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HR Compliance: Areas of Highest Risk for California Employers

An employer’s workforce represents one of a company’s most significant and valuable assets. Whether that firm has two or two thousand employees, there are certain legally mandated internal practices which both the State of California and the Federal Government require all employers in California to follow. One way to help ensure the relationship between the employer and employees is successful and to comply with these laws is to voluntarily undergo a proactive audit of the company’s HR policies and procedures. Using the expertise of an outside HR professional or organization to conduct the audit, provide written feedback of findings, and develop an action plan to rectify areas of deficiency is a proven solution to tackle these issues.

A voluntary audit can protect a company by identifying areas where it might be vulnerable to an employee lawsuit or an involuntary audit by an outside governing agency before any problems actually occur. The cost in both time and money of such an audit is relatively easy to justify when compared with the often high fees associated with defending, and most likely settling, a single employee-triggered lawsuit.

The trigger to an involuntary audit may simply be an anonymous phone call to one of the many overseeing governmental agencies by a current disgruntled employee, a former employee with an issue, a 1099 contractor who gets audited, or even a competitor seeking to gain some advantage. While the issue may never end up in front of a judge, the cost of diverting both time and money away from the business can be considerable and create bad public relations for the company. On the other hand, if the company has its practices and documentation in order, employee-initiated lawsuits can be averted. At the very least, litigation can be mitigated to reduce cost, minimize the investment of time and successfully defend the case.

While an involuntary audit by a governing agency may be disruptive to the company and divert energy away from its primary business, if an infraction is found it may lead to a further, more in-depth audit. That in turn can potentially bring in other governmental agencies to perform their own audits. If that happens, a business may end up paying fines and penalties. If, for example, a misclassified employee is unearthed, back pay, taxes and penalties may also be involved.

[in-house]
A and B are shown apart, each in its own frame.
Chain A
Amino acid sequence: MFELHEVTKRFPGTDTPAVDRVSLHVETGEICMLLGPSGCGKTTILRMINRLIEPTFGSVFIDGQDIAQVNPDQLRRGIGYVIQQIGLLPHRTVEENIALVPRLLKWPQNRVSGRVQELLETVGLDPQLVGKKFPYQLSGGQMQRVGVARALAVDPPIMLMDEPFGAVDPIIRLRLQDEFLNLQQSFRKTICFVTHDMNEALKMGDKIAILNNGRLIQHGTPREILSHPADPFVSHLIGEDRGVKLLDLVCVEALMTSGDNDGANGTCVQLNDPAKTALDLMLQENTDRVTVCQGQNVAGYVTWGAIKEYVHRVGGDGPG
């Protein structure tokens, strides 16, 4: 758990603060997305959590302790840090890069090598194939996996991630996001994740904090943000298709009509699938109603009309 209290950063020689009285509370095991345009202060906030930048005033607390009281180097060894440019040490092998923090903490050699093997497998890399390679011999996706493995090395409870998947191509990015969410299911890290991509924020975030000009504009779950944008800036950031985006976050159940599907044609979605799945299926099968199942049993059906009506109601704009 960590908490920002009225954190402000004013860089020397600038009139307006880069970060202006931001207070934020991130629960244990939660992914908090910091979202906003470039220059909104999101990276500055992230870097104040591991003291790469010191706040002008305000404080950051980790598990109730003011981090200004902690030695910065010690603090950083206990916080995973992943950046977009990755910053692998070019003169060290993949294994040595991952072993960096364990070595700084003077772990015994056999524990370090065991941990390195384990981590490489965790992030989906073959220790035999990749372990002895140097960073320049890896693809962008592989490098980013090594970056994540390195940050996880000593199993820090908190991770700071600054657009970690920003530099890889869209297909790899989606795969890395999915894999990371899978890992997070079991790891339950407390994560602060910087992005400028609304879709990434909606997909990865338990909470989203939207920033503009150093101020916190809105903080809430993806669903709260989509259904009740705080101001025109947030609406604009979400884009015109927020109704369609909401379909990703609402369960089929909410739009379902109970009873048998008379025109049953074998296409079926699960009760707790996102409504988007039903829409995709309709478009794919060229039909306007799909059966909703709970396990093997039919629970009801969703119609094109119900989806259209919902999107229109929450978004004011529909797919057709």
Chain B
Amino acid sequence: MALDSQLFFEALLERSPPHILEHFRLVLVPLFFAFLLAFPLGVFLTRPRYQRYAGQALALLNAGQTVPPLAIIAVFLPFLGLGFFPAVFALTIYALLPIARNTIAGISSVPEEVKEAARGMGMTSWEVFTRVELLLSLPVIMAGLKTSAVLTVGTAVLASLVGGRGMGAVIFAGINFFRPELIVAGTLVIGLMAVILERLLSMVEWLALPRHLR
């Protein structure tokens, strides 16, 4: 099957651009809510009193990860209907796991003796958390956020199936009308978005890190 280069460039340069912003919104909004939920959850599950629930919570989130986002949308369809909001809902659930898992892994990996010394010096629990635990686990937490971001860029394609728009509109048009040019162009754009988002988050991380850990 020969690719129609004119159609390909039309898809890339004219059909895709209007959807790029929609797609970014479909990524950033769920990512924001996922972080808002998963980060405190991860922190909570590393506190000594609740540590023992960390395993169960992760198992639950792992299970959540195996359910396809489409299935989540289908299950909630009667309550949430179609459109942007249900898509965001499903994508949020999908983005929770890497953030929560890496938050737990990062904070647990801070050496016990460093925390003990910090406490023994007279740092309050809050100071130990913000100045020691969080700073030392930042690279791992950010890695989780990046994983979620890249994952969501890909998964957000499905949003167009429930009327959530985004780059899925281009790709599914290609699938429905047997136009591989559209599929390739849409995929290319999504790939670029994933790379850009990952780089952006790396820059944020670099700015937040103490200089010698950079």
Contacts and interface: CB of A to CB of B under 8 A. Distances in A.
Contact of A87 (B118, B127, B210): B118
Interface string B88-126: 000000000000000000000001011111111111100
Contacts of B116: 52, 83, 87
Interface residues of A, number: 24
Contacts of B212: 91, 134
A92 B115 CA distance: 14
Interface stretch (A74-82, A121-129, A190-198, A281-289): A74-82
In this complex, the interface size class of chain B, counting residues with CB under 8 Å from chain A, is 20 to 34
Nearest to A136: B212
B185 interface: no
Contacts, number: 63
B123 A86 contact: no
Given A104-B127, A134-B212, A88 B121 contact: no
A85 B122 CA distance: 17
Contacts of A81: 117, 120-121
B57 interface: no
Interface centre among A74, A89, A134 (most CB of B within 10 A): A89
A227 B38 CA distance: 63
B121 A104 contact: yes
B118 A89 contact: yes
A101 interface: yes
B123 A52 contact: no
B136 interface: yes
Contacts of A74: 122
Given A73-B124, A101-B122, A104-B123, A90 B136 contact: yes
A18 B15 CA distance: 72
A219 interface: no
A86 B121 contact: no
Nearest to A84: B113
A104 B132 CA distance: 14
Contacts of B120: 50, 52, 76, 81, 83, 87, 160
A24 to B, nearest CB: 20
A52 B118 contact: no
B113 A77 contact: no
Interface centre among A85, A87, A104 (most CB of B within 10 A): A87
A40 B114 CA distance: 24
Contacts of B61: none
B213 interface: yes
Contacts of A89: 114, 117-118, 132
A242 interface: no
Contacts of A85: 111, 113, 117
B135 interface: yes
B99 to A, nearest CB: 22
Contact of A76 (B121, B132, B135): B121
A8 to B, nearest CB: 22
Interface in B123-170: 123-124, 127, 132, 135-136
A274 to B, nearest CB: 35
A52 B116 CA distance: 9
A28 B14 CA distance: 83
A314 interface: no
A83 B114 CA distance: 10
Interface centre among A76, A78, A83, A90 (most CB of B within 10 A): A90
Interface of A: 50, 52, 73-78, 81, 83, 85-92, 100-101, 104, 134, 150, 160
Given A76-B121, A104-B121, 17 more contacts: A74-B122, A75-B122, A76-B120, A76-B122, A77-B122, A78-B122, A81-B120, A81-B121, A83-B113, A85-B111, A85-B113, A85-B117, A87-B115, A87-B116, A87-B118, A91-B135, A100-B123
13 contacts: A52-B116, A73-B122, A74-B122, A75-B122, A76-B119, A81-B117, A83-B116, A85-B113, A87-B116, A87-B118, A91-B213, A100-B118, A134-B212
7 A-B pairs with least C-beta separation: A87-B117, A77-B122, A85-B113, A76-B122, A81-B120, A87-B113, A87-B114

An audit can help determine the effectiveness and efficiency of HR practices and whether or not they are aligned with business planning and strategy. It is also an opportunity to assess an organization’s “HR best practices” as well as identify areas for improvement, what can be done more efficiently and where costs may be reduced.

The four types of voluntary HR audits covering specific areas of HR practices include:

• The Compliance Audit, which ensures compliance with an employer’s legal HR obligations dealing specifically with areas like at-will employment, leaves and absences, COBRA, harassment, etc.
• The Best Practices Audit, which considers a company’s procedures for disciplinary action and its documentation, practices for hiring and terminating, and performance reviews, among others to ensure that they are in alignment with court decisions or rulings in these areas.
• The Strategic Audit, which ensures that HR specific areas in the company are aligned with its strategic goals. For example, the Strategic Audit reviews the company’s benefits programs, hiring practices and training programs to make certain they are structured to attract and retain the best candidates for the company’s long-term success.
• The Functional Area Audit is designed to look at very specific areas of HR such as 401(k) administration, health insurance programs, etc.

Once the decision for a voluntary audit is made and the appropriate resource is identified to conduct the audit, the initial set of fact-finding meetings will most certainly find that specific items from each of the four audit types are unearthed and will require further investigation to clarify or rectify.